Since All-Star Games are nearly always anti-climactic, one of the only real pleasures offered by the exhibition is combing through its past rosters. While the series of teams going back to 1933 has certainly been populated by legitimate stars and formative Hall of Famers, there have also been many attendees who made such a small impact on history that their inclusion induces head-scratching and trips to the Baseball Encyclopedia to satisfy one’s curiosity. One can try to do this in a forward-looking way, trying to guess which players on this year’s rosters will be inexplicable obscurities ten years from now-pitchers, being so variable, are always safe bets, but position players land their share of one-hit wonders too, making Ryan Ludwick and Nate McLouth fair game.
As both celebration of fleeting glory and as a cautionary note, here’s my All-Star team of the Unknowns.:
C Don Leppert, 1963: This Washington Senators II part-time catcher was a 31-year-old journeyman having a decent first half, hitting .262/.326/.431. He hit .195 in the second half and was gone from the league at the end of the next season. He was the only Senator to make the team-the 106-loss unit didn’t offer many choices beyond the sentimental inclusion of Minnie Minoso, who was more of a mini-Minoso at age 37, or the satirical inclusion of Don Zimmer. Starting pitcher Claude Osteen would go three times as a Dodger in later years.
1B Willie Montanez, 1977: Montanez was the sole All-Star rep for the 1977 Atlanta Braves; Jeff Burroughs, on his way to a 41-homer season, didn’t make it. There are probably some reading this column who will argue that Montanez deserves more respect than most of the other players on this list, based on a 1,632-game career and his ability to hit for the occasional decent batting average. However, his value is better defined by the eight trades he was part of-he was always some team’s desperation choice for first base, and as soon as they found something better, they moved him. Moreover, the teams that dealt him nearly always got the better of the teams picking him up, acquiring Garry Maddox or Darrell Evans or Gaylord Perry or Tony Phillips. As a hitter he had a 30-homer season as a rookie, but never came close to that kind of production again; as a fielder he was flashy without necessarily being good.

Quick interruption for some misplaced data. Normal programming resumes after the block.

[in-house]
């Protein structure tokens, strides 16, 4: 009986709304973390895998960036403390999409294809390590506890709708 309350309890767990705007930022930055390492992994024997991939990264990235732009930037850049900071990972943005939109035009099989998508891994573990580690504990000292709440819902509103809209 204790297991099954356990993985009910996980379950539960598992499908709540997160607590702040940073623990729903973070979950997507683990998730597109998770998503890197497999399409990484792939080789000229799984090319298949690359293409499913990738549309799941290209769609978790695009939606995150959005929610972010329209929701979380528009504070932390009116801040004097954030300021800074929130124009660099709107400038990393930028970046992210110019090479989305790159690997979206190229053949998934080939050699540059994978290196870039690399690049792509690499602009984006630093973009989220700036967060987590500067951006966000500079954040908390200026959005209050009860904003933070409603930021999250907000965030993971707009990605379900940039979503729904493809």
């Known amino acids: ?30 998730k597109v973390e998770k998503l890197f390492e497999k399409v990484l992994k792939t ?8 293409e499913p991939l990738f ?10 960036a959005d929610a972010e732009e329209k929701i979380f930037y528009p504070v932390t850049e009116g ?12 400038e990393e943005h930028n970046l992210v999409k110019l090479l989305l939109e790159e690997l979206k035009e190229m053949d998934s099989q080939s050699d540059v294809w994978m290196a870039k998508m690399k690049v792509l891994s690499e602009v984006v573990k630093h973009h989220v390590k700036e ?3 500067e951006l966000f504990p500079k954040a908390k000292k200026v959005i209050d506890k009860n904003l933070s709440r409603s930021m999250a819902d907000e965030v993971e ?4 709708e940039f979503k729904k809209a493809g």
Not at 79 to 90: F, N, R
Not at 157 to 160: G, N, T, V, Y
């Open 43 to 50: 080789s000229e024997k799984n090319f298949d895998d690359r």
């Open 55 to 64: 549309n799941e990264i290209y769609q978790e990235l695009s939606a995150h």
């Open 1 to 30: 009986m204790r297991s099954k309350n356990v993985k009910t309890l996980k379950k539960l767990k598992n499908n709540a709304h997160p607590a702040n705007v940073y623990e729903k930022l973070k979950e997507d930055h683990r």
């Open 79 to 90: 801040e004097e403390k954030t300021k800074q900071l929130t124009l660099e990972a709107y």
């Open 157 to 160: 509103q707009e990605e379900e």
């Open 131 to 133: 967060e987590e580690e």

2B Emil Verban, 1947: Verban was actually a three-time All-Star, first making it as a Cardinal in the talent-starved season of 1945 (he was named but the game was not played due to travel restrictions). However, he returned in peacetime, twice making it as a Phillie after being traded for immortal backstop Clyde Kluttz in a three-way deal which also had Vince DiMaggio going from the Phillies to the Giants. With a .226 career EqA, Verban’s offensive talents were solely contained in his glove. He did, however, go 7-for-17 (.412) in the winning effort in the 1944 World Series.
3B Lew Riggs, 1936: Riggs joined catcher Ernie Lombardi as the only members of the Reds to make the NL squad, coming from a Cincinnati team that fielded a slugging outfield of Kiki Cuyler, Ival Goodman, and Babe Herman, a unit that deserved elevation just for its complete refusal to countenance standard first names. Riggs was a solid fielder but was a terrible hitter. He batted .257/.314/.372 in 1936, numbers almost identical to his career line. He had only four seasons as a regular.
SS Frankie Zak, 1944: A list like this has to be home to at least one war-time ballplayer. Pirates rookie Zak, 22, didn’t even make the team under his own power, coming on board as a replacement for the more justifiable All-Star Eddie Miller of the Reds. (Miller was ultimately a six-time All-Star, but hit only .209/.269/.289 in 1944, though he was generally better than that and had a terrific glove.) Zak received all of 16 at-bats from the Buccos that season; there were just 36 games and 48 at-bats remaining in his big-league career before it was back to Passaic, New Jersey to stay.